The Princess Diaries is about every young girl's dream coming true, mostly because
it spends a whole 90 minutes portraying that ultimate employment opportunity of
all - being a royal. Where else can you do so well for yourself without possessing
any skill whatsoever?
Amelia (Mia, played by Anna Hathaway), a 15-year-old mass of curly hair, bony knees and nerves, is growing up in San Francisco with her mother, an artist. Mia has a very vague idea about who and where her father is.
Now Mia and her friend Lily, both of who are about as coordinated as the thought process of a boy band and as fashion-conscious as Bappi Lahiri, have a sort of pact to stay the way they are and not try to fit in. A commendable excuse to not comb their hair and trim their eyebrows. The only thing you can really like about Mia is her taste in cars - she drives a Mustang.
All this is working fine - until one day her grandmother shows up. Apparently Mia is the daughter of the late lamented crown prince of "some place", and with the death of her father, is now heir to the throne.
After a lot of family drama, Mia agrees to go through with finishing school - dadiamma style - in order to get ready for a fancy ball. If you've seen "My Fair Lady", it is interval time already. The prep for the ball is the usual training in posture, gait, taste, manners, dancing etc., and comes complete with the mandatory French beautician who can transform any person into a totally different person. Fortunately, Mia retains her love for the Mustang.
After going through it all, however, Mia realizes that she is not really princess material after all, and warts out. As a parting gift, her grandma gives her a letter from her father. The contents of the letter inspire her to take up the challenge and agree to become the princess.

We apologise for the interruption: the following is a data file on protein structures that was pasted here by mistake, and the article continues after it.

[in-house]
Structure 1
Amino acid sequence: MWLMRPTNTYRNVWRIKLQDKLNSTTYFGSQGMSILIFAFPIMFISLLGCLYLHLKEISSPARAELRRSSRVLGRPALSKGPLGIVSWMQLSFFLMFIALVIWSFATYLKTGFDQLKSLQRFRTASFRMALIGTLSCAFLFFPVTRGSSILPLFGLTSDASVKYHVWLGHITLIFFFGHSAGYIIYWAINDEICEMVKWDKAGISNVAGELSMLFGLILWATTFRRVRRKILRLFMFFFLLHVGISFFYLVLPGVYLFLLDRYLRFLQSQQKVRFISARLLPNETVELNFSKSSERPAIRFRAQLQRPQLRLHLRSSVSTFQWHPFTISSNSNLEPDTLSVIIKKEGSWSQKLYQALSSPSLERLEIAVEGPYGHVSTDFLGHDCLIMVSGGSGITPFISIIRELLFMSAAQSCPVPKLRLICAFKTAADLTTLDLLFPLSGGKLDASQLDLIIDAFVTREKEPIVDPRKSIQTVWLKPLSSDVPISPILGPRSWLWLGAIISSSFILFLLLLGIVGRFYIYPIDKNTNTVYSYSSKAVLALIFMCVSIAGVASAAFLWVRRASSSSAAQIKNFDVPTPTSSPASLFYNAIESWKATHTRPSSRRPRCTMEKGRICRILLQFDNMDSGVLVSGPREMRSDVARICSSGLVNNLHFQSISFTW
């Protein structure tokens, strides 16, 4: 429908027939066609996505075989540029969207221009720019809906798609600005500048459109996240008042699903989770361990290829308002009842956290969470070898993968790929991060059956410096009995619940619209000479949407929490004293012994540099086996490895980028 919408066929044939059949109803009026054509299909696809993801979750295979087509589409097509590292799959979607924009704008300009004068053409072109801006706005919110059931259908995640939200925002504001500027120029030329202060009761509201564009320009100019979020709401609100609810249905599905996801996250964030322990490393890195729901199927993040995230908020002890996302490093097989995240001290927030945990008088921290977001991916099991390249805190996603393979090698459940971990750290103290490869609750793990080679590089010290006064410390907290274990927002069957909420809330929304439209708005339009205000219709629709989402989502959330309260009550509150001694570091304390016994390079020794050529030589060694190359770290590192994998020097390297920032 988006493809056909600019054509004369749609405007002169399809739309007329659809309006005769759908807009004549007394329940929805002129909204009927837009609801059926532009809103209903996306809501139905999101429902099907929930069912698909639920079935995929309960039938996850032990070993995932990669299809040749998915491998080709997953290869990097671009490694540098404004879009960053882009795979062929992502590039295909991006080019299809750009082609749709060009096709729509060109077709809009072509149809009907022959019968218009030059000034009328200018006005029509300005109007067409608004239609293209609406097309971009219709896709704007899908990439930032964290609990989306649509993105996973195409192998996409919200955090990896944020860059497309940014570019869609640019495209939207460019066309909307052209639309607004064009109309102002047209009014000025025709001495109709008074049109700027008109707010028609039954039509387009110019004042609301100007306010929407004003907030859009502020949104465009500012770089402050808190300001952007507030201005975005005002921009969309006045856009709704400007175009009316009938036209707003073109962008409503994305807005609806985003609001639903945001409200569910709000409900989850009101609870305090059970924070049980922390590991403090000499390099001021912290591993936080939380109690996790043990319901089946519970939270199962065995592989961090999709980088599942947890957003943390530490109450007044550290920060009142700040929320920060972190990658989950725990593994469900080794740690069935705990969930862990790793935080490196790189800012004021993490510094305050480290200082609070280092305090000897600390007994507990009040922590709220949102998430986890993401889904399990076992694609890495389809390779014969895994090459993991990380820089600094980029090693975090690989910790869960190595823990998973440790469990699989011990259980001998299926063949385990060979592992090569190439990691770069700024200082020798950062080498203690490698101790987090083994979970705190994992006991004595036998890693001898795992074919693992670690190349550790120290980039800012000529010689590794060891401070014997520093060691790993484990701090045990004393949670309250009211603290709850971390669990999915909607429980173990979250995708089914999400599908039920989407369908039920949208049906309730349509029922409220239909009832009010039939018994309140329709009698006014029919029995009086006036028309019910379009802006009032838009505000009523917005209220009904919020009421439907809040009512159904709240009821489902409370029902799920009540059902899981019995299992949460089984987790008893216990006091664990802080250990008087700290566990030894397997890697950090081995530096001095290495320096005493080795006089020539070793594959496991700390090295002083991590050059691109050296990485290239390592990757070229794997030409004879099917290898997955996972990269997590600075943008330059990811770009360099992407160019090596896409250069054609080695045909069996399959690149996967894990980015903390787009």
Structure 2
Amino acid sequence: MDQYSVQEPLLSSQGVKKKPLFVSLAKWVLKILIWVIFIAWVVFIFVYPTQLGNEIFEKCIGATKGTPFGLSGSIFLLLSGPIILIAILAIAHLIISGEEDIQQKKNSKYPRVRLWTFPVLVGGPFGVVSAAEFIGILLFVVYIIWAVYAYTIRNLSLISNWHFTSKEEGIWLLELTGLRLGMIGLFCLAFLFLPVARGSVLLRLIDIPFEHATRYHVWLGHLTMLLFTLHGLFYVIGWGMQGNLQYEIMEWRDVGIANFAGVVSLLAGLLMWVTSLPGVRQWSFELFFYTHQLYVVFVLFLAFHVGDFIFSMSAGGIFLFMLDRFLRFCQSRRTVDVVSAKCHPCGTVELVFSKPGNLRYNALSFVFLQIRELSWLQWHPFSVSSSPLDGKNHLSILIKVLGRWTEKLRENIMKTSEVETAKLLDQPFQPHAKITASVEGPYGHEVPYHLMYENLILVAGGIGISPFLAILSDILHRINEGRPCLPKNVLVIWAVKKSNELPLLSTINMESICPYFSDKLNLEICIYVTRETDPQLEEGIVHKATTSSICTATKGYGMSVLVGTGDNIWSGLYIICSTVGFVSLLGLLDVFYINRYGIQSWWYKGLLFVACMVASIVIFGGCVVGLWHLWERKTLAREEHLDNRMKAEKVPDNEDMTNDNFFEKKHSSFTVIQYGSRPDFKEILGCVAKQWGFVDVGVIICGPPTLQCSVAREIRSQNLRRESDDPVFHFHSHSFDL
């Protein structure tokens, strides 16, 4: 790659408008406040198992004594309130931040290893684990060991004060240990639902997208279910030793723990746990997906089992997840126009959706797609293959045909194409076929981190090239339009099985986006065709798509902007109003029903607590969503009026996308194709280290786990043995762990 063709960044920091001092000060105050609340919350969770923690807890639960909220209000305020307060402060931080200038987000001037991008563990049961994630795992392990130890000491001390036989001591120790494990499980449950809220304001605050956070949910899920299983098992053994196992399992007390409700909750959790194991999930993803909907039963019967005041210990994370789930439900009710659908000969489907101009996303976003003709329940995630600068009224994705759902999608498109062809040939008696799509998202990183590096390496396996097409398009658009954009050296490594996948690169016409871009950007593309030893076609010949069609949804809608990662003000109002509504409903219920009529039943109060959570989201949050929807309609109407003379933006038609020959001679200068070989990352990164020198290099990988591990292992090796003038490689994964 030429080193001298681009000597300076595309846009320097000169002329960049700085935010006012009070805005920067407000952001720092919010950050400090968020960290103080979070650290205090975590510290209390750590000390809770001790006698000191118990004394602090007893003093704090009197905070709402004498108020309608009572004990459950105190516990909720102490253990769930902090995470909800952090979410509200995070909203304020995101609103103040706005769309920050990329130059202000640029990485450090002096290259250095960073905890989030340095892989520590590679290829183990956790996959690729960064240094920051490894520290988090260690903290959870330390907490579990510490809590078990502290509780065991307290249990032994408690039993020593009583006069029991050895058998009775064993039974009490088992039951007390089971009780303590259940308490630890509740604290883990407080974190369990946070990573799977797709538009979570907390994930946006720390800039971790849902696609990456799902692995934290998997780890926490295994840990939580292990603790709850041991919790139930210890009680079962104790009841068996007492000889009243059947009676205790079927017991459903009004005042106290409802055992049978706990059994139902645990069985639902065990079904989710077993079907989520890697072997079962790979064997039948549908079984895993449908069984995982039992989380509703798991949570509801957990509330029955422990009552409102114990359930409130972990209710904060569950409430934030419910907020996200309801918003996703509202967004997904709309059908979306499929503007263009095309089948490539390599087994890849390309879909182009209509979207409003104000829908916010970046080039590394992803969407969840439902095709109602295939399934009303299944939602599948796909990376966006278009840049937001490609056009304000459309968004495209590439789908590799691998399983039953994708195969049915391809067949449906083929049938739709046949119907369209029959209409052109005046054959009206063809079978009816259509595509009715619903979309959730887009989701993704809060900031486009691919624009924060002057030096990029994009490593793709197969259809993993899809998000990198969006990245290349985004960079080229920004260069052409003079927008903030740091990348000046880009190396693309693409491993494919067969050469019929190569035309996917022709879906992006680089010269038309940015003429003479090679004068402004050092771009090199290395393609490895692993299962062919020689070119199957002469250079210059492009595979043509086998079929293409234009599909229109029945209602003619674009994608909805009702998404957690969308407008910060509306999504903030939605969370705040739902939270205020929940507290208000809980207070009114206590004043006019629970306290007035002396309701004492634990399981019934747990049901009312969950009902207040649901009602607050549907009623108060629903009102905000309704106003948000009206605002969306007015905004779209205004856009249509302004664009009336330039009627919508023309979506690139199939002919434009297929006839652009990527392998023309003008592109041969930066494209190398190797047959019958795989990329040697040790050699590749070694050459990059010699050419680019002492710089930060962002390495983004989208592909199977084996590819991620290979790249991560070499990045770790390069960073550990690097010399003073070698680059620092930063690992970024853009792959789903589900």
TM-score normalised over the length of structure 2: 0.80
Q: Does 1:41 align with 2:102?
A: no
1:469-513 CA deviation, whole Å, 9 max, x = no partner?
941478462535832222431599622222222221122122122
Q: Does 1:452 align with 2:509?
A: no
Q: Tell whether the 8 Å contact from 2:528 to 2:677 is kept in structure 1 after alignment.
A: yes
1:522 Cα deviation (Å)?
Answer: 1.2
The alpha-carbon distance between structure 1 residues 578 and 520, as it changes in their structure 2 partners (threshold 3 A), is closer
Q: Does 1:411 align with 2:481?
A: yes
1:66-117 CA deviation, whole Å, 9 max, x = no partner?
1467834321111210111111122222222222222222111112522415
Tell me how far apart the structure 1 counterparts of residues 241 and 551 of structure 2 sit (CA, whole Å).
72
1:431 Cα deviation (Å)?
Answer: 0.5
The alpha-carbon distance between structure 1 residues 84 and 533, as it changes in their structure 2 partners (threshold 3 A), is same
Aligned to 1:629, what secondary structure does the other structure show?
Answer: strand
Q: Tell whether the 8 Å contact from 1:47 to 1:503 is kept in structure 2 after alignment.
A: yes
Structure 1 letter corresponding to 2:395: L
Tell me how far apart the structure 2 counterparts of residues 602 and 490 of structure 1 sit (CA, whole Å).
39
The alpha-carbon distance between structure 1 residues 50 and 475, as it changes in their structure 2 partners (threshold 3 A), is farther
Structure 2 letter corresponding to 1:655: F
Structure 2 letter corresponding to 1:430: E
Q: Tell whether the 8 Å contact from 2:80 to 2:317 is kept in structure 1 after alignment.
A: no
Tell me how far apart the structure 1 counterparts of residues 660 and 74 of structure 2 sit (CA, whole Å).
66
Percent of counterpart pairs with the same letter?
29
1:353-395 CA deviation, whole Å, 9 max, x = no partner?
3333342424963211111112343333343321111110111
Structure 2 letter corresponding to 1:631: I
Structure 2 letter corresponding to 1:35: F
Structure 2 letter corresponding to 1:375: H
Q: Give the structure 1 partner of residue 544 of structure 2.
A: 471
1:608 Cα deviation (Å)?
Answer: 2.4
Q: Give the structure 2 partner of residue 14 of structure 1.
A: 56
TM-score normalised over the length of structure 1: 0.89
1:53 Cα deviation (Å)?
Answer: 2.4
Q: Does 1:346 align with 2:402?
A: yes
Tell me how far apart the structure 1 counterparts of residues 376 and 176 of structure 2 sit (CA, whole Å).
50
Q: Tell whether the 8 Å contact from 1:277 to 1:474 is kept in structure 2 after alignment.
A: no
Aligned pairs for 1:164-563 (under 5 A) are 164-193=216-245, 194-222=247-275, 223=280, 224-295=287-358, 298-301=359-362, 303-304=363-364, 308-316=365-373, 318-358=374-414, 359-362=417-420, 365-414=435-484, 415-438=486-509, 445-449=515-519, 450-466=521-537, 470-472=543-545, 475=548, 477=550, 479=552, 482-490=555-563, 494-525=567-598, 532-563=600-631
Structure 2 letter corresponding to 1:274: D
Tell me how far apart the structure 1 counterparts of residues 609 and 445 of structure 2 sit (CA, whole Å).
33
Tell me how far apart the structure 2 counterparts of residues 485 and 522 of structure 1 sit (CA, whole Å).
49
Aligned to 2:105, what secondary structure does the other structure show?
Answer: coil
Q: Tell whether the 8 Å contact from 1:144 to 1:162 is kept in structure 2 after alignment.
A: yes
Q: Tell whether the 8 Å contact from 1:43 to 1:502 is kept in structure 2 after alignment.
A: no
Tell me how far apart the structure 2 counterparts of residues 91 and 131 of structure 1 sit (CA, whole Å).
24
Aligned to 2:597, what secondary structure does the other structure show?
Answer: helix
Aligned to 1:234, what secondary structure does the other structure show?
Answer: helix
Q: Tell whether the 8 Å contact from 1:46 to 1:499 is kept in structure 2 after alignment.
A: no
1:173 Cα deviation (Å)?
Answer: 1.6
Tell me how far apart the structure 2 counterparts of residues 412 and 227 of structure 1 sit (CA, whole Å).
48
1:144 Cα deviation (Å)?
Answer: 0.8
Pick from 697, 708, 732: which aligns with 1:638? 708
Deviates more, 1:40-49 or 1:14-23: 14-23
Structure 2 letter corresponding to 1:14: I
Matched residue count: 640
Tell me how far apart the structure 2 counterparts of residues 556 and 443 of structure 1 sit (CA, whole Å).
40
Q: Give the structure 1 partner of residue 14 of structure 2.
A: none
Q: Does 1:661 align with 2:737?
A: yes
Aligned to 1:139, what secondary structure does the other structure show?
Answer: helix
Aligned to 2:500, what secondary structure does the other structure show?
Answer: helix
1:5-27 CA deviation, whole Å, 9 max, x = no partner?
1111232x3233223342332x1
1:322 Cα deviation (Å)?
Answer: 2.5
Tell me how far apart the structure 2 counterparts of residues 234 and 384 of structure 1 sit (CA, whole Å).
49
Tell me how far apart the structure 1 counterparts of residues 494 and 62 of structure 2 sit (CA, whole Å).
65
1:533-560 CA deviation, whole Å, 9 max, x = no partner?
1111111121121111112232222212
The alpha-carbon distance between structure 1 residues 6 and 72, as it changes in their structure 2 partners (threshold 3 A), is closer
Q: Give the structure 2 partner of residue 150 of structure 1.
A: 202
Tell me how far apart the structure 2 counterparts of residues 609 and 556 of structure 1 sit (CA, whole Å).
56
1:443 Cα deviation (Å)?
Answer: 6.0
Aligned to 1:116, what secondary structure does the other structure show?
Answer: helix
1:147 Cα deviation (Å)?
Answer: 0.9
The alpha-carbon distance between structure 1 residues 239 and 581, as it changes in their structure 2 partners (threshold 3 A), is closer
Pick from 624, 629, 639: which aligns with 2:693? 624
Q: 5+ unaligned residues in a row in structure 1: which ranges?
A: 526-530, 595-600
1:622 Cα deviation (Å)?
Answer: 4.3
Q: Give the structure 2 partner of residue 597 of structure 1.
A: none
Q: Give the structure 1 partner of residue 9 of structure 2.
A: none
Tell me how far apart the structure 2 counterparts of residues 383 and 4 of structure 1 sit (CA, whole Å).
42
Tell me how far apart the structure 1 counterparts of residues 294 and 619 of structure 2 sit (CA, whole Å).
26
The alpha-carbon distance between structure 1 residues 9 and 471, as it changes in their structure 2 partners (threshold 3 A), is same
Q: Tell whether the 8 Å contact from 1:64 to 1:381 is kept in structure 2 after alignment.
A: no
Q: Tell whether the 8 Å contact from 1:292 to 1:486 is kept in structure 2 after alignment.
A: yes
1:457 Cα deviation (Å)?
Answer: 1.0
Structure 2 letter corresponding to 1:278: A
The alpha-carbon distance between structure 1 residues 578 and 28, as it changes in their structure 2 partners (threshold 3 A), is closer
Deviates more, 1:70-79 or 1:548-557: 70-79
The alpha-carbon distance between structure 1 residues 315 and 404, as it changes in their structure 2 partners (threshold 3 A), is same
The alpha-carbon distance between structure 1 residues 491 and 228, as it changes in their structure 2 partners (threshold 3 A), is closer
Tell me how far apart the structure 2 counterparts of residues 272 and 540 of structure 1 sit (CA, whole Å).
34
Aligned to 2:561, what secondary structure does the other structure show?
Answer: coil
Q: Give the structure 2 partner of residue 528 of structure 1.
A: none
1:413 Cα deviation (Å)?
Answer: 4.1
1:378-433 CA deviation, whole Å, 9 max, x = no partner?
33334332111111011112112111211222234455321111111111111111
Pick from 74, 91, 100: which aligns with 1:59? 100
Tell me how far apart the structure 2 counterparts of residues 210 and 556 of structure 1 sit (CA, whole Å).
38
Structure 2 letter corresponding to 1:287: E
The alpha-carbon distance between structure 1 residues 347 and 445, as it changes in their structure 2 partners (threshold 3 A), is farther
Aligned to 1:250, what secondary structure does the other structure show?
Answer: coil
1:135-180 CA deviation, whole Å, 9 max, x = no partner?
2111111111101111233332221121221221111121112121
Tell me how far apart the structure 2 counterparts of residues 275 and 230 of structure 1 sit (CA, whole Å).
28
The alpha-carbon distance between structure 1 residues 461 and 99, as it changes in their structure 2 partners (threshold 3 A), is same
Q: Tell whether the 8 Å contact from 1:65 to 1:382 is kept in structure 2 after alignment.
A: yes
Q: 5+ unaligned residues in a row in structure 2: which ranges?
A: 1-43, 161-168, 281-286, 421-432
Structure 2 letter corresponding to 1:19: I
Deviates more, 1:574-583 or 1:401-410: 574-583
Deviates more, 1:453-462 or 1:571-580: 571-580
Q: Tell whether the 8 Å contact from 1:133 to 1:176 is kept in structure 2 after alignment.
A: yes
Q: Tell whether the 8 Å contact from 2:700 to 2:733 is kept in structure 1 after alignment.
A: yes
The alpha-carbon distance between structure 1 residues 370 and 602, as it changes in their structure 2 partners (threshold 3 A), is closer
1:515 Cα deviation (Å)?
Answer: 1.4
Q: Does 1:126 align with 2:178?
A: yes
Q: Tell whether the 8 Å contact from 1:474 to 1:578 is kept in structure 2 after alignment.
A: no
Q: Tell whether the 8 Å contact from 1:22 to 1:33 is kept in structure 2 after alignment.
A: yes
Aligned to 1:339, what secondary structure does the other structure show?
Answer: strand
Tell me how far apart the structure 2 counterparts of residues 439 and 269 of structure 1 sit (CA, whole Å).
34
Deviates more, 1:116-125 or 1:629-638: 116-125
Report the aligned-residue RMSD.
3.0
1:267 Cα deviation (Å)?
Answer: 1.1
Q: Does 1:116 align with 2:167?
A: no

The film is quite well made, and stands out like a sore thumb among the several other very similar films that you have seen over the years. There are however a few places where the movie degenerates into utterly silly comedy, such as the people-falling-over-each-other-at-big-shot-dinner routine. Also worthy of dishonorable mentions are the traffic accident scene and the statue-breaking scene.
On the bright side, several characters are worth mentioning - notably the queen's bodyguard/chauffeur/secret lover, Joseph, and Mia's best friend Lily, who has her own cable talk show called "Shut Up and Listen" watched by all of twelve people. Also watch out for a nice version of "Stupid Cupid".
The film will broaden your horizons when you find that out there in San Francisco they eat something that looks exactly like a mirchi bajji. It will also enlighten you to know that at foreign balls and gala parties hosted by foreign monarchs the Indian Government is always represented by sardars who dress like Daler Mahendi.
You've seen movies like this a hundred times before and every idea in the flick
is older than even monarchy, but it is still worth a watch because it is a nice
stay, a good laugh and a breath of fresh air. Besides, it's not as if you were
planning to study this week.